Melvin D. Smith appeals from his convictions of armed robbery, aggravated assault, carrying a pistol without a license, and carrying a concealed weapon, and from the sentences imposed thereon.
The evidence showed the following: The female victim of the robbery and her male companion were walking on Forsyth Street in Atlanta at about 9:30 p.m. on November 24, 1974. A man (later identified as the appellant) grabbed the victim from behind by the collar of her jacket, pulled her back and started pulling at her purse, telling her to drop it. She continued to hold her purse and stepped back. Her companion pulled a knife out of his pocket; simultaneously the appellant pulled out a pistol, and again told her to drop her purse. The appellant fired the pistol in between her and her companion, and she then dropped her purse. The appellant picked up the purse and ran. A policeman in a patrol car was traveling on Forsyth Street at the time and saw the appellant, with a pistol in his hand, grabbing the victim's purse, and heard the shot fired. He pursued the appellant in his police vehicle, and caught up with him in a vacant lot. The appellant still had the pistol in his hand and the purse under his arm. He fired a shot in the direction of the policeman before surrendering.
1. There was ample identification of the pistol and cartridges, and it was not error as contended to overrule the objections to this evidence.
2. Enumerated error 3 contends that the court erred in sustaining the state's objection to certain arguments to the jury by the appellant's counsel.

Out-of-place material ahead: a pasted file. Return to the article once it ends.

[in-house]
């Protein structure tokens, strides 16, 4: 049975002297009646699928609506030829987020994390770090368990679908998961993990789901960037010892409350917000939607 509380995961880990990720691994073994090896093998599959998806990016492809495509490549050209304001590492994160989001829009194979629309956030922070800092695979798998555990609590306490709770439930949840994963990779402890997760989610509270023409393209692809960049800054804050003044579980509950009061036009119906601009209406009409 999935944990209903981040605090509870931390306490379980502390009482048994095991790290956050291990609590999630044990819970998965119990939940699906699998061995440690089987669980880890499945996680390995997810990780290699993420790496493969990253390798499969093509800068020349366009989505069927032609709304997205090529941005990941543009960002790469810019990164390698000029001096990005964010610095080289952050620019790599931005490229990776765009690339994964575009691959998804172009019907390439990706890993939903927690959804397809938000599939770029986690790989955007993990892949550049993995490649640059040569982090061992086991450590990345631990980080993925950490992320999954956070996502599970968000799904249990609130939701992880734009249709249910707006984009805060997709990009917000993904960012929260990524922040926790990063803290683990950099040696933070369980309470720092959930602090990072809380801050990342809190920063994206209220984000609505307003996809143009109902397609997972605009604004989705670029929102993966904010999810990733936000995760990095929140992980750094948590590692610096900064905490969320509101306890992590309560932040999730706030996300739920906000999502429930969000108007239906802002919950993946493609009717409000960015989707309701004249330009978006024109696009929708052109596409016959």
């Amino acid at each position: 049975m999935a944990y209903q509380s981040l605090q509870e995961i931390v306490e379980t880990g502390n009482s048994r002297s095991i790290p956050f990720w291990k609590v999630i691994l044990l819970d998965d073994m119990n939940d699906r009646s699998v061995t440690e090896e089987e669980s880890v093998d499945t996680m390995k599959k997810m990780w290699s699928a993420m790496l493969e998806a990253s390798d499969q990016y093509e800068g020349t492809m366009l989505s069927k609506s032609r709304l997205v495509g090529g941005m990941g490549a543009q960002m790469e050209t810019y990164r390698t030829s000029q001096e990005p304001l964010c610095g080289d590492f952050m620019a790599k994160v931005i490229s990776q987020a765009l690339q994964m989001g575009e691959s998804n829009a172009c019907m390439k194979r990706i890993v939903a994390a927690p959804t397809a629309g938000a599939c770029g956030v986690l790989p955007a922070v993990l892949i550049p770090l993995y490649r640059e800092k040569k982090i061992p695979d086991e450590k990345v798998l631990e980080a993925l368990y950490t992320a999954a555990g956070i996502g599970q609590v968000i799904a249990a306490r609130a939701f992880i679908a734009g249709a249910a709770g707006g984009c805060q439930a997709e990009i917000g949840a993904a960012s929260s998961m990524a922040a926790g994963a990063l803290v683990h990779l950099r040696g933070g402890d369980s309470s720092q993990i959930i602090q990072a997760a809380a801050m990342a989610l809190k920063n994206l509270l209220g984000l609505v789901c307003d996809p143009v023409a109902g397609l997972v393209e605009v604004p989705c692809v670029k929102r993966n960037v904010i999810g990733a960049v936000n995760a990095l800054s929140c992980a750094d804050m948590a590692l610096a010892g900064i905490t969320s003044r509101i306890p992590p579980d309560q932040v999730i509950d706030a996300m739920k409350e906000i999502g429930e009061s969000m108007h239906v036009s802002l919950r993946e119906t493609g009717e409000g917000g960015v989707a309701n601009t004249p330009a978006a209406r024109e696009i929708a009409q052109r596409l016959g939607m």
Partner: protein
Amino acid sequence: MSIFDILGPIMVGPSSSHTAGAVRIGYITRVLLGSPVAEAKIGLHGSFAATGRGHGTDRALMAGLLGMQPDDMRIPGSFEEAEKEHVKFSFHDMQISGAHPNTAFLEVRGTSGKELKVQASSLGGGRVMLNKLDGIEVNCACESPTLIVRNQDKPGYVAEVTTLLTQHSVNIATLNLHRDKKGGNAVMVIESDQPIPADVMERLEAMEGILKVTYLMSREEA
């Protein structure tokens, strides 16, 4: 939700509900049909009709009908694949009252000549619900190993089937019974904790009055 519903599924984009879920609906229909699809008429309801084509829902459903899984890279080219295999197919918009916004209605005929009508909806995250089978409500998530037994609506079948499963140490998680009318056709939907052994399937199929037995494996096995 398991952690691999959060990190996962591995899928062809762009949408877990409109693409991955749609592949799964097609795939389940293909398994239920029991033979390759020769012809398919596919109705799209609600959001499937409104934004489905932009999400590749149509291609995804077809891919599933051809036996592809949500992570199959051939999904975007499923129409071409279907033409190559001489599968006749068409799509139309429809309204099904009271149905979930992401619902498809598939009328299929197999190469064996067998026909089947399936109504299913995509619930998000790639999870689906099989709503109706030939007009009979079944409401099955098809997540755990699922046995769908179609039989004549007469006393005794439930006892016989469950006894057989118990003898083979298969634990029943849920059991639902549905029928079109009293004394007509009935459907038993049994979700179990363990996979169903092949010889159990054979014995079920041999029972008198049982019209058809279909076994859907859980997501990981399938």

(a) Counsel for the appellant, on cross examination of the victim's companion, ascertained that he and the victim lived at the same apartment. In his argument to the jury he referred to this fact, and stated: "They're not married, but they're in the same apartment. Can you imagine? That's the kind of witnesses they're bringing in. Unmarried people out there living together in the same apartment."
The law has regard to the rights of witnesses as well as those of the parties litigant. Code 38-1704; Andrews v. State, 118 Ga. 1, 4 (43 SE 852).
The trial judge did not err in sustaining the state's objection to this improper argument.
(b) Counsel for the appellant argued to the jury that the appellant had a right to use his gun to protect himself because the victim's companion had pulled out a knife.
This was a gross misstatement of the law as applied to the evidence in the case. The appellant was attempting to commit a felony at the time the victim's companion pulled out his knife. Under these circumstances the appellant was not legally justified in using a weapon to defend himself. Code Ann. 26-902 (b 2) (Ga. L. 1968, pp. 1249, 1272). It was not error to sustain the state's objection to this argument.
Lewis R. Slaton, District Attorney, Richard E. Hicks, Arthur K. Bolton, Attorney General, Harrison Kohler, for appellee.